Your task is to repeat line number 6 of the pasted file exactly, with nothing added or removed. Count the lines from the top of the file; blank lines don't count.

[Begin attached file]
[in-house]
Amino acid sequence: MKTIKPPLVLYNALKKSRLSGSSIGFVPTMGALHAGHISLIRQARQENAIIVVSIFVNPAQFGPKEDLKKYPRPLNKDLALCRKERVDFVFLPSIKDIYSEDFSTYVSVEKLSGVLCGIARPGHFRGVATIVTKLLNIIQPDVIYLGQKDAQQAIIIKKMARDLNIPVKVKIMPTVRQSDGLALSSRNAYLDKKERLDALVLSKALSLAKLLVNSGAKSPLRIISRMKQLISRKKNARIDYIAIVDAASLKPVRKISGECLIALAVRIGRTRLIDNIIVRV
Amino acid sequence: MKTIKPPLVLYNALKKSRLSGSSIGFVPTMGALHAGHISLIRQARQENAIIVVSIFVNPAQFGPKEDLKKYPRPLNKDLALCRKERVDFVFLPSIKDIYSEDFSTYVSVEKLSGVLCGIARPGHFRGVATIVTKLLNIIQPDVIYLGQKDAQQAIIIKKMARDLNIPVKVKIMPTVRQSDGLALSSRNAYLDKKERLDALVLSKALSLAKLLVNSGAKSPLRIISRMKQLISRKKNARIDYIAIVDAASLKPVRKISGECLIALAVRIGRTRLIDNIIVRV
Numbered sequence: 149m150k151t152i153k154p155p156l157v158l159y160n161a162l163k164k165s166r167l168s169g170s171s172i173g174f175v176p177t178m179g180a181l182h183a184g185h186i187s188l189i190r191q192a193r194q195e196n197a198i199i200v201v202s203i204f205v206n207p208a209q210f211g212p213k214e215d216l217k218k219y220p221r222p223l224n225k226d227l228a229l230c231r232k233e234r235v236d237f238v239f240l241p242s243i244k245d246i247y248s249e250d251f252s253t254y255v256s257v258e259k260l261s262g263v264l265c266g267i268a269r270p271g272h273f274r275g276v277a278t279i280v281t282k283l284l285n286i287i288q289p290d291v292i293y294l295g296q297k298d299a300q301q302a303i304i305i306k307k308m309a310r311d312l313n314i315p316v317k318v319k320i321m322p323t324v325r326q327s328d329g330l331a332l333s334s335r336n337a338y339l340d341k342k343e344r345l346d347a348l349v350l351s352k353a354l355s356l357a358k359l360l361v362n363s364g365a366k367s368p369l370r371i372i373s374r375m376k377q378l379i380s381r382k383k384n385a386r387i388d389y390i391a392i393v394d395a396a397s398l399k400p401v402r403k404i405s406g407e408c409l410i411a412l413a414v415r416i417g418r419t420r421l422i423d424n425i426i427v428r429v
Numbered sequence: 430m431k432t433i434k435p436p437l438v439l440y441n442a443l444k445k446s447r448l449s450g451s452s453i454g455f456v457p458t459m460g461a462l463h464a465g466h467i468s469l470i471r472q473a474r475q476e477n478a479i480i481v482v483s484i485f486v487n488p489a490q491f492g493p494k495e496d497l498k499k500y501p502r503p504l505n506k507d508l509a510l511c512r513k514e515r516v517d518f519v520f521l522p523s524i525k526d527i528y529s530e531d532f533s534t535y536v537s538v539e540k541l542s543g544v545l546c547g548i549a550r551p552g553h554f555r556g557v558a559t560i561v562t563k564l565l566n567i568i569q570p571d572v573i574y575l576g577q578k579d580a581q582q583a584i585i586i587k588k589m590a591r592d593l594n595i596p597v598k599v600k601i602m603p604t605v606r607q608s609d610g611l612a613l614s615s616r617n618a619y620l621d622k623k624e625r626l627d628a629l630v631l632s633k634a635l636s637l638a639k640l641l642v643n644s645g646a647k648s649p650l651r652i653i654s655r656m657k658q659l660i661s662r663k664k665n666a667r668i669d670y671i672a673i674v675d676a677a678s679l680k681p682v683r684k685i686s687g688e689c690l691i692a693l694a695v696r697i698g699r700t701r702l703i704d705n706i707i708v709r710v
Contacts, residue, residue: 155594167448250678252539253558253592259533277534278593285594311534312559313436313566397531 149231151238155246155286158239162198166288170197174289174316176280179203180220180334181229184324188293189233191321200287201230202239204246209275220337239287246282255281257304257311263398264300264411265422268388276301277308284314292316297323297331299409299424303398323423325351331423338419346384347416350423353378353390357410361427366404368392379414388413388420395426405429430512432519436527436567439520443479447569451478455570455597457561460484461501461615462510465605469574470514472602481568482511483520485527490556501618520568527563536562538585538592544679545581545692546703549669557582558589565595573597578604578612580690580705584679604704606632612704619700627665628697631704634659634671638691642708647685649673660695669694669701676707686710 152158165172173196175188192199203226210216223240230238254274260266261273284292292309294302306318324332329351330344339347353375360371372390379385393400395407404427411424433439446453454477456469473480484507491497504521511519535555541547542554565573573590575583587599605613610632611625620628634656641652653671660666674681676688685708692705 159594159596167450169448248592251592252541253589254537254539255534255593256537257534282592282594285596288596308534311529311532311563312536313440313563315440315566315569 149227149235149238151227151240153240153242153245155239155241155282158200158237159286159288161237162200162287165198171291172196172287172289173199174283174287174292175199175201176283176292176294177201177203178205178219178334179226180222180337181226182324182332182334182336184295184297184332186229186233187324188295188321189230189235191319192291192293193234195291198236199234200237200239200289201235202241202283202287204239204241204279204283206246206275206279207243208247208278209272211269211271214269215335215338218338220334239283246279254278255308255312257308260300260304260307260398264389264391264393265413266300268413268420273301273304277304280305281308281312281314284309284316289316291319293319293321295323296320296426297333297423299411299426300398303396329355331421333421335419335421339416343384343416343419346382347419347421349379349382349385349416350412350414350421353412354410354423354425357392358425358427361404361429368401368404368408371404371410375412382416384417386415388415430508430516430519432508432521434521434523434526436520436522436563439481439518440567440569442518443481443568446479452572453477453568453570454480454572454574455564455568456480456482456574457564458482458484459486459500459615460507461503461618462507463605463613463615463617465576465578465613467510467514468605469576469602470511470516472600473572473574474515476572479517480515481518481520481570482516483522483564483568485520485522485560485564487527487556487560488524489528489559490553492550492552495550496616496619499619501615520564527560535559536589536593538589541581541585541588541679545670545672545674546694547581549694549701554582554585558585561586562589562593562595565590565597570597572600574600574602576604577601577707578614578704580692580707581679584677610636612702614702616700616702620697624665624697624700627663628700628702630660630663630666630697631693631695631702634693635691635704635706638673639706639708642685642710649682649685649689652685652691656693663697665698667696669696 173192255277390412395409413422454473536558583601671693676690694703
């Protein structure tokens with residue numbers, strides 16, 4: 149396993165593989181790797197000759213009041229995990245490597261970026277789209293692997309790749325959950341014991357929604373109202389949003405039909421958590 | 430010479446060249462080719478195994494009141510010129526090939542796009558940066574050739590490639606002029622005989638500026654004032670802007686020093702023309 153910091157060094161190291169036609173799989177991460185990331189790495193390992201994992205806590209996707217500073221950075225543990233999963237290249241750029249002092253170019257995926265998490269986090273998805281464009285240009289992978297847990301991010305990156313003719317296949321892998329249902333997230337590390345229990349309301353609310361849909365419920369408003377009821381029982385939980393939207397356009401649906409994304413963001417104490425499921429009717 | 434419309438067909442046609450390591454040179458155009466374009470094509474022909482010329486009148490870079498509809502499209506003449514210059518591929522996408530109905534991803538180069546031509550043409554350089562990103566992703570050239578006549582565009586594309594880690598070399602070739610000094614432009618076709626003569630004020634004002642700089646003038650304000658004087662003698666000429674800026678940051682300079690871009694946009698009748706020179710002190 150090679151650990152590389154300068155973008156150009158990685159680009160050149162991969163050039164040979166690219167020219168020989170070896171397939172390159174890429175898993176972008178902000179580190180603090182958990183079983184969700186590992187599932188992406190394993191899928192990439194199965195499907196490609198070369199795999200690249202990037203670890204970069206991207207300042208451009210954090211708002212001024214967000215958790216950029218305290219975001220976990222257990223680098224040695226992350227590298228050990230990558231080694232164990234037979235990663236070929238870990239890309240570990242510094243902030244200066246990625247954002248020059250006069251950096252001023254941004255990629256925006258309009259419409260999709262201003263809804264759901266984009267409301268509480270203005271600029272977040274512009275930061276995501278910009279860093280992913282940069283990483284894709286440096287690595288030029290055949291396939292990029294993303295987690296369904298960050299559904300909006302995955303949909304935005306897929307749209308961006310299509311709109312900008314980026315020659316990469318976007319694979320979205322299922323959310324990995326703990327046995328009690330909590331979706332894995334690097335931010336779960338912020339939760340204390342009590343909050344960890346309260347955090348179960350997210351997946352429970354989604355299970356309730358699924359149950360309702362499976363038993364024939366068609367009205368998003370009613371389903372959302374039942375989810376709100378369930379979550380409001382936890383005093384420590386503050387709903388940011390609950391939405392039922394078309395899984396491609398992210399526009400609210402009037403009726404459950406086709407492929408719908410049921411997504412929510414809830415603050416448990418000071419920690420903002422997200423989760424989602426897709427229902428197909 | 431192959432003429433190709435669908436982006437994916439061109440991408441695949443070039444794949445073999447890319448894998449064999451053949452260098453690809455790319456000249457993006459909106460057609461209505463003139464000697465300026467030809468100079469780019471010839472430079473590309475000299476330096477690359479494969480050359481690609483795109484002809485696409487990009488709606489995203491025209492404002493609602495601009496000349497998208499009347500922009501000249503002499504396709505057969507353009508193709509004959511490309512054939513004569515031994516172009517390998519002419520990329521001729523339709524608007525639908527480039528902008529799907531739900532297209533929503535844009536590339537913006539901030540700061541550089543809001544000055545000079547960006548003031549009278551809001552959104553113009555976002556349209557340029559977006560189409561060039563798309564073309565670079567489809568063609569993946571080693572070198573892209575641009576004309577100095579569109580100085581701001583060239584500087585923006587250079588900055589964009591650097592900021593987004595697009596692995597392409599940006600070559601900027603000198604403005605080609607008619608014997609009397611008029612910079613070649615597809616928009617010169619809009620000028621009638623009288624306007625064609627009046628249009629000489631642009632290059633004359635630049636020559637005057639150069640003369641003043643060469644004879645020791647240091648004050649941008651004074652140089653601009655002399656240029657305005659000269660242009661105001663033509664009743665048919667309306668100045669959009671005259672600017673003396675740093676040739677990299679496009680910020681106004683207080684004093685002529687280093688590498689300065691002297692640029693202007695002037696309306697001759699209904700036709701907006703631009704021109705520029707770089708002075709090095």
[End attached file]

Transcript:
Contacts, residue, residue: 155594167448250678252539253558253592259533277534278593285594311534312559313436313566397531 149231151238155246155286158239162198166288170197174289174316176280179203180220180334181229184324188293189233191321200287201230202239204246209275220337239287246282255281257304257311263398264300264411265422268388276301277308284314292316297323297331299409299424303398323423325351331423338419346384347416350423353378353390357410361427366404368392379414388413388420395426405429430512432519436527436567439520443479447569451478455570455597457561460484461501461615462510465605469574470514472602481568482511483520485527490556501618520568527563536562538585538592544679545581545692546703549669557582558589565595573597578604578612580690580705584679604704606632612704619700627665628697631704634659634671638691642708647685649673660695669694669701676707686710 152158165172173196175188192199203226210216223240230238254274260266261273284292292309294302306318324332329351330344339347353375360371372390379385393400395407404427411424433439446453454477456469473480484507491497504521511519535555541547542554565573573590575583587599605613610632611625620628634656641652653671660666674681676688685708692705 159594159596167450169448248592251592252541253589254537254539255534255593256537257534282592282594285596288596308534311529311532311563312536313440313563315440315566315569 149227149235149238151227151240153240153242153245155239155241155282158200158237159286159288161237162200162287165198171291172196172287172289173199174283174287174292175199175201176283176292176294177201177203178205178219178334179226180222180337181226182324182332182334182336184295184297184332186229186233187324188295188321189230189235191319192291192293193234195291198236199234200237200239200289201235202241202283202287204239204241204279204283206246206275206279207243208247208278209272211269211271214269215335215338218338220334239283246279254278255308255312257308260300260304260307260398264389264391264393265413266300268413268420273301273304277304280305281308281312281314284309284316289316291319293319293321295323296320296426297333297423299411299426300398303396329355331421333421335419335421339416343384343416343419346382347419347421349379349382349385349416350412350414350421353412354410354423354425357392358425358427361404361429368401368404368408371404371410375412382416384417386415388415430508430516430519432508432521434521434523434526436520436522436563439481439518440567440569442518443481443568446479452572453477453568453570454480454572454574455564455568456480456482456574457564458482458484459486459500459615460507461503461618462507463605463613463615463617465576465578465613467510467514468605469576469602470511470516472600473572473574474515476572479517480515481518481520481570482516483522483564483568485520485522485560485564487527487556487560488524489528489559490553492550492552495550496616496619499619501615520564527560535559536589536593538589541581541585541588541679545670545672545674546694547581549694549701554582554585558585561586562589562593562595565590565597570597572600574600574602576604577601577707578614578704580692580707581679584677610636612702614702616700616702620697624665624697624700627663628700628702630660630663630666630697631693631695631702634693635691635704635706638673639706639708642685642710649682649685649689652685652691656693663697665698667696669696 173192255277390412395409413422454473536558583601671693676690694703